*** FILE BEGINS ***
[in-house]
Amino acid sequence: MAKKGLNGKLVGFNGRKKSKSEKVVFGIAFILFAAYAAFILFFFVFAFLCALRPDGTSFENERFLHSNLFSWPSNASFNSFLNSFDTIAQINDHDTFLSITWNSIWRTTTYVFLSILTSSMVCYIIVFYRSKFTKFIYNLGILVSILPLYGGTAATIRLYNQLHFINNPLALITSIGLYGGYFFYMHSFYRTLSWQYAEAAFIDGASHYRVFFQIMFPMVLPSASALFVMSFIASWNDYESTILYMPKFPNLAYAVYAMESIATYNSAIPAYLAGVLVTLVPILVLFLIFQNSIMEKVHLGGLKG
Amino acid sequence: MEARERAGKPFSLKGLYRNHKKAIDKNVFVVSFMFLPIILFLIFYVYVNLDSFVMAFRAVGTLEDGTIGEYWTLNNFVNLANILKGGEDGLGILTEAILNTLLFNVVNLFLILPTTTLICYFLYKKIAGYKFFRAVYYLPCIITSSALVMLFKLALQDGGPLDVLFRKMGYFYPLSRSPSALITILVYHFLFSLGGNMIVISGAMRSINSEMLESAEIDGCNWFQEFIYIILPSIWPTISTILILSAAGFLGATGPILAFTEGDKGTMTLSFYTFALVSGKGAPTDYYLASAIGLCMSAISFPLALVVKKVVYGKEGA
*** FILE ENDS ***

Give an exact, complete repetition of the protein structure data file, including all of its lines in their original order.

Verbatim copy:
[in-house]
Amino acid sequence: MAKKGLNGKLVGFNGRKKSKSEKVVFGIAFILFAAYAAFILFFFVFAFLCALRPDGTSFENERFLHSNLFSWPSNASFNSFLNSFDTIAQINDHDTFLSITWNSIWRTTTYVFLSILTSSMVCYIIVFYRSKFTKFIYNLGILVSILPLYGGTAATIRLYNQLHFINNPLALITSIGLYGGYFFYMHSFYRTLSWQYAEAAFIDGASHYRVFFQIMFPMVLPSASALFVMSFIASWNDYESTILYMPKFPNLAYAVYAMESIATYNSAIPAYLAGVLVTLVPILVLFLIFQNSIMEKVHLGGLKG
Amino acid sequence: MEARERAGKPFSLKGLYRNHKKAIDKNVFVVSFMFLPIILFLIFYVYVNLDSFVMAFRAVGTLEDGTIGEYWTLNNFVNLANILKGGEDGLGILTEAILNTLLFNVVNLFLILPTTTLICYFLYKKIAGYKFFRAVYYLPCIITSSALVMLFKLALQDGGPLDVLFRKMGYFYPLSRSPSALITILVYHFLFSLGGNMIVISGAMRSINSEMLESAEIDGCNWFQEFIYIILPSIWPTISTILILSAAGFLGATGPILAFTEGDKGTMTLSFYTFALVSGKGAPTDYYLASAIGLCMSAISFPLALVVKKVVYGKEGA